Wednesday, January 20, 2010

It's not fair!



Lately, this expression has been getting a lot of use in the house. I'm not quite sure where Jordan learned this. I've been thinking about whether I might have said it in some context or another. Because whatever I said, the way Jordan uses it - well, it doesn't always make sense.

For example,

Me: Ok, guys, it's time to go to bed.

Jordan: That's not FAIR!!!

This makes about as much sense as most of the arguments I hear at work all day.

It's 8:00. It's the time of the night when you go to bed. It's the same time of the night you've gone to bed for the last several years. As far as I know, we're not adjusting the clock backwards or forwards for spring or fall daylight savings. It's not a holiday. You have school tomorrow. You get up at 6:30 every day and you need sleep.

Ergo - it's time to go upstairs, put the pajamas on, brush your teeth, pick out clothes for tomorrow, and read the two stories we have allotted every night before bed. And yes, I know it's not fair that it's only two stories, as opposed to 15 - but because we've always only read two stories since time immemorial, I am going to chalk this one up to a term called "precedent." I'll explain that to you later.



Maybe my sense of justice and integrity is skewed. Personally, I thought it wasn't fair when I was rudely awoken at 4:00 am this morning because someone had to pee. I especially thought it wasn't fair because my alarm is set to go off at 5:00 am, and I wasn't able to get back to sleep. I also don't think it's fair that this child needs a whole menagerie of animals to sleep with and will throw a fit if one of them is missing from her room at bedtime, thus necessitating a trip downstairs to find the missing one.

I also don't think it's fair she insists on bringing at least one of them to school every day and trusts me to ensure that it comes home with her at night.



On another front, I don't think it's fair that I have to diligently count every bite of food that passes my lips and methodically record the point values of things in the hope of losing the teeniest ounce. Meanwhile, my children can scarf down nothing but pizza, ice cream and grilled cheese sandwiches all weekend long and they barely weigh 40 pounds. And of course what's truly not fair is that the excess weight I've been carrying around the last five years, pretty much coincided with giving birth to the two of them 18 months apart.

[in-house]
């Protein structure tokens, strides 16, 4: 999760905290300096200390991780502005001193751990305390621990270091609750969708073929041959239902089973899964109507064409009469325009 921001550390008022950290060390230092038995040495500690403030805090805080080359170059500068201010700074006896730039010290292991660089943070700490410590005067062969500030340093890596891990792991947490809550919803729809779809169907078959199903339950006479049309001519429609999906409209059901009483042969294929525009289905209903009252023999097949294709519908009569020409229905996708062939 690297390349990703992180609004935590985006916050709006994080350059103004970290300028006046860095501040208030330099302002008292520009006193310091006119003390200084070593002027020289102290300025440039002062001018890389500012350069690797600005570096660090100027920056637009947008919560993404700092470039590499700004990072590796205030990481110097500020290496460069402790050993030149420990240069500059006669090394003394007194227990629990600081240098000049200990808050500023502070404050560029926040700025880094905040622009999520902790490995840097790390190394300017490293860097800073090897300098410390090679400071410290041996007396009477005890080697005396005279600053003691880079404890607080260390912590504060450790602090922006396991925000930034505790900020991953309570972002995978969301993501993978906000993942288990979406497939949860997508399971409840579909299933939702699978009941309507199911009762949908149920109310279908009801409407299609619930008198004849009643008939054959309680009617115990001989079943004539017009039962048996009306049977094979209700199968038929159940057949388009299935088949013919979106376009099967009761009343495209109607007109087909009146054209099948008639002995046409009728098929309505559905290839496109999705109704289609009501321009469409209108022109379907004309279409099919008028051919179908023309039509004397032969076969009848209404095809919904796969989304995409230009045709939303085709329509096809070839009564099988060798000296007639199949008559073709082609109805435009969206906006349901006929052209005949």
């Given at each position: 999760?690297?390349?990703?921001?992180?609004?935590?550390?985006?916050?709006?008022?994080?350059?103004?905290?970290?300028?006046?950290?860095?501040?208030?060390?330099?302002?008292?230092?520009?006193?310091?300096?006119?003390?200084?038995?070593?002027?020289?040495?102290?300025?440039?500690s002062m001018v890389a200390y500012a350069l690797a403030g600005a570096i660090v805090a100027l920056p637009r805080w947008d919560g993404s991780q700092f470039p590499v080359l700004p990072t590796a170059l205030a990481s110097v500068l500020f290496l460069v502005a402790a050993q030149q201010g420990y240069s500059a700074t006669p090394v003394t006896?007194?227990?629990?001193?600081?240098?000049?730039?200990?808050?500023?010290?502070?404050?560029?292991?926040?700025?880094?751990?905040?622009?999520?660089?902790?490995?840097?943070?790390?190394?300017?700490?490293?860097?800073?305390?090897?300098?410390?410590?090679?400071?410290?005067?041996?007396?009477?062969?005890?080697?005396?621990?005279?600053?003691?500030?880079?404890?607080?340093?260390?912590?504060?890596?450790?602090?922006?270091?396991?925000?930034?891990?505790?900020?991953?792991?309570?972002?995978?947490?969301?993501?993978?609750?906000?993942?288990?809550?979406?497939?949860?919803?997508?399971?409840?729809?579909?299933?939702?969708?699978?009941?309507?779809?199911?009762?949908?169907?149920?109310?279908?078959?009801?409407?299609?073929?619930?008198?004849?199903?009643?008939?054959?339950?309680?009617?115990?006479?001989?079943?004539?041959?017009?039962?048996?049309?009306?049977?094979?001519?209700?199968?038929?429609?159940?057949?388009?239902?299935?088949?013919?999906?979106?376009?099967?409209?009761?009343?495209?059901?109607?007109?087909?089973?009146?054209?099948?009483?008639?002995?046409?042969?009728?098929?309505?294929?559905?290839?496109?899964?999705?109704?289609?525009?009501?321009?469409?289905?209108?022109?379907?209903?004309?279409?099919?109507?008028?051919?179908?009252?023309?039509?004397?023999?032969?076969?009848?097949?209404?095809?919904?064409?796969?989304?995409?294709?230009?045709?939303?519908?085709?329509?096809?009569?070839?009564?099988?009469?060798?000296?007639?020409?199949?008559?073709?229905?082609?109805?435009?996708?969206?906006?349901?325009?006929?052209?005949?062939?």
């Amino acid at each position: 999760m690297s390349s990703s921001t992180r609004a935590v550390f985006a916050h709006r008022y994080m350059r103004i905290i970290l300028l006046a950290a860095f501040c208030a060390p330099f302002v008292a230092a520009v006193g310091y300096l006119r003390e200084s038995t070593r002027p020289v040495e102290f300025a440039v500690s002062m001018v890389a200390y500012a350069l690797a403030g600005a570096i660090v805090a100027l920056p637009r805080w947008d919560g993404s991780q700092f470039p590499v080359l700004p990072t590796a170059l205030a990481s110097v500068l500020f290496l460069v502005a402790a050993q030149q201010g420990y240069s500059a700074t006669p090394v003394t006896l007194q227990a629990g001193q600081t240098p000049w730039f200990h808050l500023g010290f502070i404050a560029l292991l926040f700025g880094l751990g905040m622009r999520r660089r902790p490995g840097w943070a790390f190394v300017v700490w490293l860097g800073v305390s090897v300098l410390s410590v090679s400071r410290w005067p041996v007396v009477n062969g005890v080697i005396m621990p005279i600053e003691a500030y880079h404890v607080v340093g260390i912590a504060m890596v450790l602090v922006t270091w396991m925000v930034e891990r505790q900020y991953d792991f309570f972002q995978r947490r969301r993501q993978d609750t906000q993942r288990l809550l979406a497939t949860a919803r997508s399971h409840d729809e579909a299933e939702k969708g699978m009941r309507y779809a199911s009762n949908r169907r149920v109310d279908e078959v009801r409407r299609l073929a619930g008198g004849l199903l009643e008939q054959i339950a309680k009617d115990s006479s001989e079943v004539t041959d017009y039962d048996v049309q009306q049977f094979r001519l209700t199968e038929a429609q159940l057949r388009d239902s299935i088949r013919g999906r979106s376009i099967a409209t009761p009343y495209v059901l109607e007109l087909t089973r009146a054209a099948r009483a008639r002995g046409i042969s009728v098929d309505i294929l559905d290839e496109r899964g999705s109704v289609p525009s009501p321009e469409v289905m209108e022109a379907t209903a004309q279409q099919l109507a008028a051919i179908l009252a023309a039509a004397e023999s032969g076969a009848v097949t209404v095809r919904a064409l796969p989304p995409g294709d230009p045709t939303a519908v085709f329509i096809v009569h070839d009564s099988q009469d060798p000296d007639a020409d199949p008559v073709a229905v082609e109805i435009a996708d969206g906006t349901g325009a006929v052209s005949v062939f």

I also don't think it's fair that my husband can consume quarts of ice cream in front of me when he knows I am watching my points, but when he wants to drop a few points he glibly asks me how many points are in the meals I cook. And I tell him, and make sure I cook healthy, and all he needs to do to drop weight is eat one or two spoonfuls less of something and BOOM - in a week he's back to normal.



So,I'm still trying to understand Jordan's concept of justice and morality, which, though primitive, still seems to be rooted in the basic idea that he's little and I'm big and it never seems to go the way he wants it to.

Ever.



Except of course, from my point of view, it seems that once you have kids - it's always about them. Which is probably the way nature designed it to be. Is it fair? I dunno... I leave those big questions to others.

The one question I can answer though is in response to a reader who asked where I get the photo stickers I used on Jordan's favor boxes:

I ordered them from snapfish. Here's a hint - before you actually pay for your orders at checkout, always check this website - couponcodes - for deal saving discounts. Snapfish is frequently knocking off shipping and handling charges or offering discounts on prints.

Another great site for stickery things that I love is MOO. Here you can order sticker booklets with a series of pictures. They are much smaller but incredibly cute.

I use those little stickers on snack bags I send in with the kids to school in their lunch boxes, or to seal envelopes on thank you cards, or as reward stickers. The kids get a kick out of seeing themselves in sticker form.
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